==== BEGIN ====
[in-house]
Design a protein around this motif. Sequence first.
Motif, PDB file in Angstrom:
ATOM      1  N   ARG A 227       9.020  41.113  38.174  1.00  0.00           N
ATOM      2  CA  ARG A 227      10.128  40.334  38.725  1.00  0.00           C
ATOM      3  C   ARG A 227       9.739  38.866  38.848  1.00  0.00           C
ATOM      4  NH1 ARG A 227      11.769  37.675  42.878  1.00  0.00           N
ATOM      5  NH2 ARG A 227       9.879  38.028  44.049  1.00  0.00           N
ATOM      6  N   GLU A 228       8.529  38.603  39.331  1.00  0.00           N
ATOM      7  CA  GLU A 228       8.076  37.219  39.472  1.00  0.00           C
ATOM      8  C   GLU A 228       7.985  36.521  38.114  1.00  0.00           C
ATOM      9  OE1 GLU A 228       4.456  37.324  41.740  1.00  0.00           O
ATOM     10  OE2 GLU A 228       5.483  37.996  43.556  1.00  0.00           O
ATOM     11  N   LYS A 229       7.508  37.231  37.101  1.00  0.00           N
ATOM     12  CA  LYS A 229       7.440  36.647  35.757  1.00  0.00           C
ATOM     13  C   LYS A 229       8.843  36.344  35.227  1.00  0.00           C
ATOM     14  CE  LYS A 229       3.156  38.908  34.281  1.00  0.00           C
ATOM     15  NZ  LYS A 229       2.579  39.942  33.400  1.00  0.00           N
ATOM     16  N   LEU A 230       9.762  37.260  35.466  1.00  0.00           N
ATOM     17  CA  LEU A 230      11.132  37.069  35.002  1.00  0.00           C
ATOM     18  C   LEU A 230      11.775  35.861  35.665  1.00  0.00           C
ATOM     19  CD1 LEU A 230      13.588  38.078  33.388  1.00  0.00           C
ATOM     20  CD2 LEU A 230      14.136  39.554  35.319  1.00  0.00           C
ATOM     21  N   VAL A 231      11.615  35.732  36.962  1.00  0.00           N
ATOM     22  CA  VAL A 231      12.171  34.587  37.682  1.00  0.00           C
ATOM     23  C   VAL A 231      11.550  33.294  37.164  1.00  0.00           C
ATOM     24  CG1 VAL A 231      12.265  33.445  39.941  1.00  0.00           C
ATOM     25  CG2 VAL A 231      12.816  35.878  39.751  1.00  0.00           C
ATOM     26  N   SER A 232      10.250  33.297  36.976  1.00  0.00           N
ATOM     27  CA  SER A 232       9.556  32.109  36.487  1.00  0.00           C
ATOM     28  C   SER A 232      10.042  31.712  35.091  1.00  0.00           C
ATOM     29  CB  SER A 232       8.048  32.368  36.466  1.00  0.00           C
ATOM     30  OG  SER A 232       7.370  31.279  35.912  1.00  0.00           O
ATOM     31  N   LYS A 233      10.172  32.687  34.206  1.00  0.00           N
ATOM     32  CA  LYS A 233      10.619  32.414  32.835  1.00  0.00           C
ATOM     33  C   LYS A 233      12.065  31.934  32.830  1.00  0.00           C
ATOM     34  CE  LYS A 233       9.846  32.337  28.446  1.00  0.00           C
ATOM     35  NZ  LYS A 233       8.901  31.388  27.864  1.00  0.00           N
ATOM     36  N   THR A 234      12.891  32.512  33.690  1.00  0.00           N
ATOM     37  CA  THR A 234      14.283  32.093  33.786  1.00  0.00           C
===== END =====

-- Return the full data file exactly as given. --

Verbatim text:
[in-house]
Design a protein around this motif. Sequence first.
Motif, PDB file in Angstrom:
ATOM      1  N   ARG A 227       9.020  41.113  38.174  1.00  0.00           N
ATOM      2  CA  ARG A 227      10.128  40.334  38.725  1.00  0.00           C
ATOM      3  C   ARG A 227       9.739  38.866  38.848  1.00  0.00           C
ATOM      4  NH1 ARG A 227      11.769  37.675  42.878  1.00  0.00           N
ATOM      5  NH2 ARG A 227       9.879  38.028  44.049  1.00  0.00           N
ATOM      6  N   GLU A 228       8.529  38.603  39.331  1.00  0.00           N
ATOM      7  CA  GLU A 228       8.076  37.219  39.472  1.00  0.00           C
ATOM      8  C   GLU A 228       7.985  36.521  38.114  1.00  0.00           C
ATOM      9  OE1 GLU A 228       4.456  37.324  41.740  1.00  0.00           O
ATOM     10  OE2 GLU A 228       5.483  37.996  43.556  1.00  0.00           O
ATOM     11  N   LYS A 229       7.508  37.231  37.101  1.00  0.00           N
ATOM     12  CA  LYS A 229       7.440  36.647  35.757  1.00  0.00           C
ATOM     13  C   LYS A 229       8.843  36.344  35.227  1.00  0.00           C
ATOM     14  CE  LYS A 229       3.156  38.908  34.281  1.00  0.00           C
ATOM     15  NZ  LYS A 229       2.579  39.942  33.400  1.00  0.00           N
ATOM     16  N   LEU A 230       9.762  37.260  35.466  1.00  0.00           N
ATOM     17  CA  LEU A 230      11.132  37.069  35.002  1.00  0.00           C
ATOM     18  C   LEU A 230      11.775  35.861  35.665  1.00  0.00           C
ATOM     19  CD1 LEU A 230      13.588  38.078  33.388  1.00  0.00           C
ATOM     20  CD2 LEU A 230      14.136  39.554  35.319  1.00  0.00           C
ATOM     21  N   VAL A 231      11.615  35.732  36.962  1.00  0.00           N
ATOM     22  CA  VAL A 231      12.171  34.587  37.682  1.00  0.00           C
ATOM     23  C   VAL A 231      11.550  33.294  37.164  1.00  0.00           C
ATOM     24  CG1 VAL A 231      12.265  33.445  39.941  1.00  0.00           C
ATOM     25  CG2 VAL A 231      12.816  35.878  39.751  1.00  0.00           C
ATOM     26  N   SER A 232      10.250  33.297  36.976  1.00  0.00           N
ATOM     27  CA  SER A 232       9.556  32.109  36.487  1.00  0.00           C
ATOM     28  C   SER A 232      10.042  31.712  35.091  1.00  0.00           C
ATOM     29  CB  SER A 232       8.048  32.368  36.466  1.00  0.00           C
ATOM     30  OG  SER A 232       7.370  31.279  35.912  1.00  0.00           O
ATOM     31  N   LYS A 233      10.172  32.687  34.206  1.00  0.00           N
ATOM     32  CA  LYS A 233      10.619  32.414  32.835  1.00  0.00           C
ATOM     33  C   LYS A 233      12.065  31.934  32.830  1.00  0.00           C
ATOM     34  CE  LYS A 233       9.846  32.337  28.446  1.00  0.00           C
ATOM     35  NZ  LYS A 233       8.901  31.388  27.864  1.00  0.00           N
ATOM     36  N   THR A 234      12.891  32.512  33.690  1.00  0.00           N
ATOM     37  CA  THR A 234      14.283  32.093  33.786  1.00  0.00           C